Component‐resolved microarray analysis of IgE sensitization profiles to Culicoides recombinant allergens in horses with insect bite hypersensitivity

Novotny, E.N., White, S.J. ORCID: 0000-0002-3675-7545, Wilson, A.D., Stefánsdóttir, S.B., Tijhaar, E., Jonsdottir, S., Frey, R., Reiche, D., Rose, H., Rhyner, C., Schüpbach‐Regula, G., Torsteinsdottir, S., Alcocer, M. and Marti, E., 2020. Component‐resolved microarray analysis of IgE sensitization profiles to Culicoides recombinant allergens in horses with insect bite hypersensitivity. Allergy. ISSN 0105-4538

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Abstract

Background: Allergy to bites of blood sucking insects, including biting midges can affect both human and veterinary patients. Horses are often suffering from an IgE‐mediated allergic dermatitis caused by bites of midges (Culicoides spp) . With the aim to improve allergen immunotherapy (AIT) numerous Culicoides allergens have been produced as recombinant (r‐) proteins. This study aims to test a comprehensive panel of differently expressed Culicoides r‐allergens on a cohort of IBH‐affected and control horses using an allergen microarray.

Methods: IgE levels to 27 Culicoides r‐allergens, including 8 previously unpublished allergens, of which 11 were expressed in more than one expression system, were determined in sera from 347 horses. ROC analyses were carried out, cut‐offs selected using a specificity of 95% and sero‐positivity rates compared between horses affected with insect bite hypersensitivity (IBH) and control horses. The combination of r‐allergens giving the best performing test was determined using logistic regression analysis.

Results: Sero‐positivity was significantly higher in IBH horses compared to controls for 25 r‐allergens. Nine Culicoides r‐allergens were major allergens for IBH with seven of them binding IgE in sera from >70% of the IBH‐affected horses. Combination of these top seven r‐allergens could diagnose >90% of IBH‐affected horses with a specificity of >95%. Correlation between differently expressed r‐allergens was usually high (mean = 0.69, range 0.28‐0.91).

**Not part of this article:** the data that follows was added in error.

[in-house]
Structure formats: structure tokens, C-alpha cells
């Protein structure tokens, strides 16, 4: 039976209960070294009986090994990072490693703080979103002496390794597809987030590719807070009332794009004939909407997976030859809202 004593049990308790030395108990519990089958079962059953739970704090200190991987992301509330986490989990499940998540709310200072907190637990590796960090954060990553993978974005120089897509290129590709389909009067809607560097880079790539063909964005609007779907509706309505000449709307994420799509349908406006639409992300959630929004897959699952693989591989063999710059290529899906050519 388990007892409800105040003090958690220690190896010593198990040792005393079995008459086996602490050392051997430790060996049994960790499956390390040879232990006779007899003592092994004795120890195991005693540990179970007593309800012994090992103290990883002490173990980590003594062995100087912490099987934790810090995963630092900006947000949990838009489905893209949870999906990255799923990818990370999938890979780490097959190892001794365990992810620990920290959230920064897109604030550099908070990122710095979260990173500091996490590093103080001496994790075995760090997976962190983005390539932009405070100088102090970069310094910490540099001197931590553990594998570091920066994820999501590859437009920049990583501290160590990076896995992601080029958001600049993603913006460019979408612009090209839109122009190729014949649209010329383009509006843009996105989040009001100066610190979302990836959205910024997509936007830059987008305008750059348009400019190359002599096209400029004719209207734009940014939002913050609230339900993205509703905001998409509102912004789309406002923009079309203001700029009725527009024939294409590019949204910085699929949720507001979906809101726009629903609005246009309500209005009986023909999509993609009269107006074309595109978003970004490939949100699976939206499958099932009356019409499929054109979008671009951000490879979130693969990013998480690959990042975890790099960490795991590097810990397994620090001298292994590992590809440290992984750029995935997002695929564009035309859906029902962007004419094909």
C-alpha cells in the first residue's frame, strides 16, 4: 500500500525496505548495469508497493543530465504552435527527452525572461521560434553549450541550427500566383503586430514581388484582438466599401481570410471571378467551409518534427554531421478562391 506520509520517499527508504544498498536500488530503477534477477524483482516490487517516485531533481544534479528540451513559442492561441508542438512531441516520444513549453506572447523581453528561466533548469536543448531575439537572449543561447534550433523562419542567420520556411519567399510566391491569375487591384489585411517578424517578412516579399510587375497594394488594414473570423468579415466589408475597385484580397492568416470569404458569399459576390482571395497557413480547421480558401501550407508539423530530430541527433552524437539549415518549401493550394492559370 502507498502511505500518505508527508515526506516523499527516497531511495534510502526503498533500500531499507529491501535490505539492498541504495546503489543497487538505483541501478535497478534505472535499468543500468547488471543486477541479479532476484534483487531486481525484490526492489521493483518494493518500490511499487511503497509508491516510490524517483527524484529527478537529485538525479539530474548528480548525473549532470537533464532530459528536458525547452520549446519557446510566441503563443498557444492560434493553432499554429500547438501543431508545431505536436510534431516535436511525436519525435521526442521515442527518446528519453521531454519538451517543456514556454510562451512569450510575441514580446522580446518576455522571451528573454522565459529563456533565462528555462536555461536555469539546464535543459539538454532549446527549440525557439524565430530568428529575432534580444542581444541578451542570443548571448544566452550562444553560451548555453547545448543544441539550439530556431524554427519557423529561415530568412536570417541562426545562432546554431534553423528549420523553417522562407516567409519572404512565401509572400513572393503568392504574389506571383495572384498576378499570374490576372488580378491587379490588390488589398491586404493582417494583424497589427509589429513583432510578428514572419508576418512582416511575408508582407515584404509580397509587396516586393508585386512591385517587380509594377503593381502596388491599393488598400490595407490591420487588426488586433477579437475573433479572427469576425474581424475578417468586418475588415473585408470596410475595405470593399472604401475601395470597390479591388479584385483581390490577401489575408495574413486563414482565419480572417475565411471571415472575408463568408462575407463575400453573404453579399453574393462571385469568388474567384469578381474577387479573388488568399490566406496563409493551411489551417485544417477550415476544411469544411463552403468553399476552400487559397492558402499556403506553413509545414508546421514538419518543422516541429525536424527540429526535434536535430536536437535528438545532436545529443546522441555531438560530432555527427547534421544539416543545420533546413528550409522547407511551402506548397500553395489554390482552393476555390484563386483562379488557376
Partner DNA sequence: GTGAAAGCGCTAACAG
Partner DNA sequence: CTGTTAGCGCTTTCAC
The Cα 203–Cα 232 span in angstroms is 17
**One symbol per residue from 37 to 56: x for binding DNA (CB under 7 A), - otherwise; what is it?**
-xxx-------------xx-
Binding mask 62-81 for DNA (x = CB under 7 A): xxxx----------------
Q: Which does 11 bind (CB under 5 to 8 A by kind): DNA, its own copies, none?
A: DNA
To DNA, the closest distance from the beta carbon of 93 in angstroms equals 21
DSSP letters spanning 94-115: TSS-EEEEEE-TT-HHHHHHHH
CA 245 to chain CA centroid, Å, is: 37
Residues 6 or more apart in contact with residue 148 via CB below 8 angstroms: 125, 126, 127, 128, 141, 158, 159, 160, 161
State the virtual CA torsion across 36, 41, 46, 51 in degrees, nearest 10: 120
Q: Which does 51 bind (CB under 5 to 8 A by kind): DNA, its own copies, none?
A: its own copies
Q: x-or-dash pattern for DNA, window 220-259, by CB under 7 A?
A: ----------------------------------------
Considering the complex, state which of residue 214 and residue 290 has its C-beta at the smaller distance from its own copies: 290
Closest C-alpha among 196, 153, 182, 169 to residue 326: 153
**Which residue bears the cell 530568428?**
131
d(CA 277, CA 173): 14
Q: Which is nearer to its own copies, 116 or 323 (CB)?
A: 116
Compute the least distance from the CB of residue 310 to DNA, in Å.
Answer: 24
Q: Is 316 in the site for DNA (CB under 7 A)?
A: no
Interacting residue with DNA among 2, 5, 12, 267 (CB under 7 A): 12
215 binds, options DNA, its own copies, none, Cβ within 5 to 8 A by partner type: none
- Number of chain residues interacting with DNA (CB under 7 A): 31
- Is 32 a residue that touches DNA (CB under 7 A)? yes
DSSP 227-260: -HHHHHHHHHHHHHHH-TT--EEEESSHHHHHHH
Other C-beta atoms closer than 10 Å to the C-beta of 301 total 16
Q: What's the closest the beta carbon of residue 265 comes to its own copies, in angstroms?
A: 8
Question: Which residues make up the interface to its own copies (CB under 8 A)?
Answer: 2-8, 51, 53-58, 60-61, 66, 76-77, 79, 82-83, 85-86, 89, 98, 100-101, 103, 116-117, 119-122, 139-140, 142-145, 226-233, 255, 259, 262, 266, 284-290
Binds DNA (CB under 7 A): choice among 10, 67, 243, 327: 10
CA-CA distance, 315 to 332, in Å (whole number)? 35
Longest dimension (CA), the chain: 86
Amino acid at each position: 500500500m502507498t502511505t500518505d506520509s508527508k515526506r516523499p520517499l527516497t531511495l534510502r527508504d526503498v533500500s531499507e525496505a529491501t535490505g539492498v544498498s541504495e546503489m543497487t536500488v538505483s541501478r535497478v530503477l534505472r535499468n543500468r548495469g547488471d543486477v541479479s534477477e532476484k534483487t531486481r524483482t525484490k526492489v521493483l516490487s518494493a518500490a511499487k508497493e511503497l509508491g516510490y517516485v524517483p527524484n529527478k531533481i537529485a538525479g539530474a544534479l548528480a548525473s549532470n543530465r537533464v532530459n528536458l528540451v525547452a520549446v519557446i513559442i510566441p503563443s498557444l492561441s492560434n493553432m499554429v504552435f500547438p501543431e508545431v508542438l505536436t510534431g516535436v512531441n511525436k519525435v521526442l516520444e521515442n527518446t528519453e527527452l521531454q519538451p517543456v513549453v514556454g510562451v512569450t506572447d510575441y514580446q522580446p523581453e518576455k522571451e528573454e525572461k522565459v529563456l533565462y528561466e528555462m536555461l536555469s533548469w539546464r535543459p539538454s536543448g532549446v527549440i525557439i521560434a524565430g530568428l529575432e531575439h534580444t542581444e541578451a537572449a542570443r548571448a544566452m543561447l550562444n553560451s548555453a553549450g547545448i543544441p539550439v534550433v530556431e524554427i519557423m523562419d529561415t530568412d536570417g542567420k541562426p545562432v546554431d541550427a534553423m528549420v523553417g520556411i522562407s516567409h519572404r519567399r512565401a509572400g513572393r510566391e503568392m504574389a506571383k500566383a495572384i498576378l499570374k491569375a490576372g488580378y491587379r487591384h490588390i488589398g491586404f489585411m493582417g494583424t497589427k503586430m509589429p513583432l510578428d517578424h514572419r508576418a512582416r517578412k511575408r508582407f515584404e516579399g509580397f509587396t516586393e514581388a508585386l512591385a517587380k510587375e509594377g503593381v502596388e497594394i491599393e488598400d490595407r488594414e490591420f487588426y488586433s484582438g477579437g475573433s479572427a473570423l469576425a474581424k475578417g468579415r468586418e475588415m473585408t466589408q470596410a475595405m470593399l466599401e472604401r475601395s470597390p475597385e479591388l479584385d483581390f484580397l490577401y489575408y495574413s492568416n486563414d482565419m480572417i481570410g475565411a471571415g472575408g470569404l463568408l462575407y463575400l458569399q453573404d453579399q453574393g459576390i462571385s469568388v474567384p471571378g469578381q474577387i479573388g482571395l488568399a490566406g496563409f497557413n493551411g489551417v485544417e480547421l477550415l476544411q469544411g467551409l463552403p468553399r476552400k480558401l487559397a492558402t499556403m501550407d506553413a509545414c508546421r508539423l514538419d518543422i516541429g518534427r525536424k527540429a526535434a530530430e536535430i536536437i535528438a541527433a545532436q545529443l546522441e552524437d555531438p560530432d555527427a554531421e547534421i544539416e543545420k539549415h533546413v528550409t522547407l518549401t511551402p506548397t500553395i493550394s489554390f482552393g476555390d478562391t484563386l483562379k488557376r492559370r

Conclusion: This microarray will be a powerful tool for development of component‐resolved, patient‐tailored AIT for IBH and could be useful for the study of allergy to biting midges in humans and other species.

Item Type: Journal article
Publication Title: Allergy
Creators: Novotny, E.N., White, S.J., Wilson, A.D., Stefánsdóttir, S.B., Tijhaar, E., Jonsdottir, S., Frey, R., Reiche, D., Rose, H., Rhyner, C., Schüpbach‐Regula, G., Torsteinsdottir, S., Alcocer, M. and Marti, E.
Publisher: European Academy of Allergy and Clinical Immunology and John Wiley & Sons Ltd.
Date: 11 August 2020
ISSN: 0105-4538
Identifiers:
NumberType
10.1111/all.14556DOI
1352315Other
Rights: © 2020 The Authors. Allergy published by European Academy of Allergy and Clinical Immunology and John Wiley & Sons Ltd. This is an open access article under the terms of the Creative Commons Attribution‐Non Commercial License, which permits use, distribution and reproduction in any medium, provided the original work is properly cited and is not used for commercial purposes.
Divisions: Schools > School of Animal, Rural and Environmental Sciences
Record created by: Linda Sullivan
Date Added: 13 Aug 2020 09:36
Last Modified: 07 Sep 2020 10:24
URI: http://irep.ntu.ac.uk/id/eprint/40448

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